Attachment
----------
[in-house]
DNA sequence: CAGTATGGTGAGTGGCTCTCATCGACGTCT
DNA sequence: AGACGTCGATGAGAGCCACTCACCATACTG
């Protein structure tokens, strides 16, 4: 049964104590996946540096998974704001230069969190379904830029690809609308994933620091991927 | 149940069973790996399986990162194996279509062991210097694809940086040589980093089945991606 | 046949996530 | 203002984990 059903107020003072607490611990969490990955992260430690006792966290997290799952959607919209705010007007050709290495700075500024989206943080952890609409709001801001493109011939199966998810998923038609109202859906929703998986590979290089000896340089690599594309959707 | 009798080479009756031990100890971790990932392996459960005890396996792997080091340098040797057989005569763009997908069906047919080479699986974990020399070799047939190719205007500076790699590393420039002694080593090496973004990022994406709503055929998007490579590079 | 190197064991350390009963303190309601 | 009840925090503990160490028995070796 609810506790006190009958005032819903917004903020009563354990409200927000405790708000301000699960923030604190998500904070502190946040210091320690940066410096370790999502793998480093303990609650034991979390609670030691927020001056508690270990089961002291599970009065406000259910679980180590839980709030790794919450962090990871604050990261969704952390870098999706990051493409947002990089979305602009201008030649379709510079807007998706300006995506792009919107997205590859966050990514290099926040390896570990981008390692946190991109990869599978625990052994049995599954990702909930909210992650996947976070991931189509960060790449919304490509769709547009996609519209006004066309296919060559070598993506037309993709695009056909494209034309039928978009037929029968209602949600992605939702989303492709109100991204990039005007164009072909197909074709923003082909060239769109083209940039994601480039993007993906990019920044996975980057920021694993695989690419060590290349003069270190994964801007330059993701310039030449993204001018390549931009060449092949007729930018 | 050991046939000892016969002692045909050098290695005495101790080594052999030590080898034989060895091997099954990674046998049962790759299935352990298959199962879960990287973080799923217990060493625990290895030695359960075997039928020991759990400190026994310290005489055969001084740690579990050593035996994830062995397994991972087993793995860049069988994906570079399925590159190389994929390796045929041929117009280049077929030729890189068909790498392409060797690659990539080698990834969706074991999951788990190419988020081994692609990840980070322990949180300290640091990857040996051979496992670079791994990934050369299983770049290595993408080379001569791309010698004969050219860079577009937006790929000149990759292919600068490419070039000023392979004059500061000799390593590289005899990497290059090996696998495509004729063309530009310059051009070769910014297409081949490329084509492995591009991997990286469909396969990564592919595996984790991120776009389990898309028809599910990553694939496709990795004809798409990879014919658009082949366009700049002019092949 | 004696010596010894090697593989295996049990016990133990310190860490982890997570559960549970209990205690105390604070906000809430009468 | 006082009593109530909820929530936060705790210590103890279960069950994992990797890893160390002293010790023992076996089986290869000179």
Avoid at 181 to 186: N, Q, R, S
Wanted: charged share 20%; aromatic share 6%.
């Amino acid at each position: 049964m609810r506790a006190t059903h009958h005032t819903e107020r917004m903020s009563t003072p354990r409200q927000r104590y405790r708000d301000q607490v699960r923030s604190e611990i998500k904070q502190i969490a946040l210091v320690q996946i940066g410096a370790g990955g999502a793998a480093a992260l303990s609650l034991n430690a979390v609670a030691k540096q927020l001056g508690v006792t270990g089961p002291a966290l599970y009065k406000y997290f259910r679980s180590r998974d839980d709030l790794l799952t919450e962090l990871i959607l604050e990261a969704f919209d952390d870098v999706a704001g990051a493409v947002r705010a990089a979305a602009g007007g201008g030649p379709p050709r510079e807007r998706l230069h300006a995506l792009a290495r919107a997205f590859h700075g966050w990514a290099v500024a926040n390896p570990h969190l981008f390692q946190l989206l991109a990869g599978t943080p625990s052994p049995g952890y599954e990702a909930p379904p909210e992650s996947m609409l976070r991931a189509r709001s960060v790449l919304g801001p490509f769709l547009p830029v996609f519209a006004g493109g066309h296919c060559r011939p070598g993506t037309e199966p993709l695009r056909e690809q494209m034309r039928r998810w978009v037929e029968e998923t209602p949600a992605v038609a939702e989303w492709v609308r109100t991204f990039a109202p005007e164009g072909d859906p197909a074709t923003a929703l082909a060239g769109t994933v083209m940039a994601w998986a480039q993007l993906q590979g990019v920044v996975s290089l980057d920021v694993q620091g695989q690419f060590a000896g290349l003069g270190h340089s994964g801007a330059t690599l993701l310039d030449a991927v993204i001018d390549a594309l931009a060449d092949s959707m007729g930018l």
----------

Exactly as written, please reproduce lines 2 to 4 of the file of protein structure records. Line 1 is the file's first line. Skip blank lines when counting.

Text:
DNA sequence: CAGTATGGTGAGTGGCTCTCATCGACGTCT
DNA sequence: AGACGTCGATGAGAGCCACTCACCATACTG
């Protein structure tokens, strides 16, 4: 049964104590996946540096998974704001230069969190379904830029690809609308994933620091991927 | 149940069973790996399986990162194996279509062991210097694809940086040589980093089945991606 | 046949996530 | 203002984990 059903107020003072607490611990969490990955992260430690006792966290997290799952959607919209705010007007050709290495700075500024989206943080952890609409709001801001493109011939199966998810998923038609109202859906929703998986590979290089000896340089690599594309959707 | 009798080479009756031990100890971790990932392996459960005890396996792997080091340098040797057989005569763009997908069906047919080479699986974990020399070799047939190719205007500076790699590393420039002694080593090496973004990022994406709503055929998007490579590079 | 190197064991350390009963303190309601 | 009840925090503990160490028995070796 609810506790006190009958005032819903917004903020009563354990409200927000405790708000301000699960923030604190998500904070502190946040210091320690940066410096370790999502793998480093303990609650034991979390609670030691927020001056508690270990089961002291599970009065406000259910679980180590839980709030790794919450962090990871604050990261969704952390870098999706990051493409947002990089979305602009201008030649379709510079807007998706300006995506792009919107997205590859966050990514290099926040390896570990981008390692946190991109990869599978625990052994049995599954990702909930909210992650996947976070991931189509960060790449919304490509769709547009996609519209006004066309296919060559070598993506037309993709695009056909494209034309039928978009037929029968209602949600992605939702989303492709109100991204990039005007164009072909197909074709923003082909060239769109083209940039994601480039993007993906990019920044996975980057920021694993695989690419060590290349003069270190994964801007330059993701310039030449993204001018390549931009060449092949007729930018 | 050991046939000892016969002692045909050098290695005495101790080594052999030590080898034989060895091997099954990674046998049962790759299935352990298959199962879960990287973080799923217990060493625990290895030695359960075997039928020991759990400190026994310290005489055969001084740690579990050593035996994830062995397994991972087993793995860049069988994906570079399925590159190389994929390796045929041929117009280049077929030729890189068909790498392409060797690659990539080698990834969706074991999951788990190419988020081994692609990840980070322990949180300290640091990857040996051979496992670079791994990934050369299983770049290595993408080379001569791309010698004969050219860079577009937006790929000149990759292919600068490419070039000023392979004059500061000799390593590289005899990497290059090996696998495509004729063309530009310059051009070769910014297409081949490329084509492995591009991997990286469909396969990564592919595996984790991120776009389990898309028809599910990553694939496709990795004809798409990879014919658009082949366009700049002019092949 | 004696010596010894090697593989295996049990016990133990310190860490982890997570559960549970209990205690105390604070906000809430009468 | 006082009593109530909820929530936060705790210590103890279960069950994992990797890893160390002293010790023992076996089986290869000179």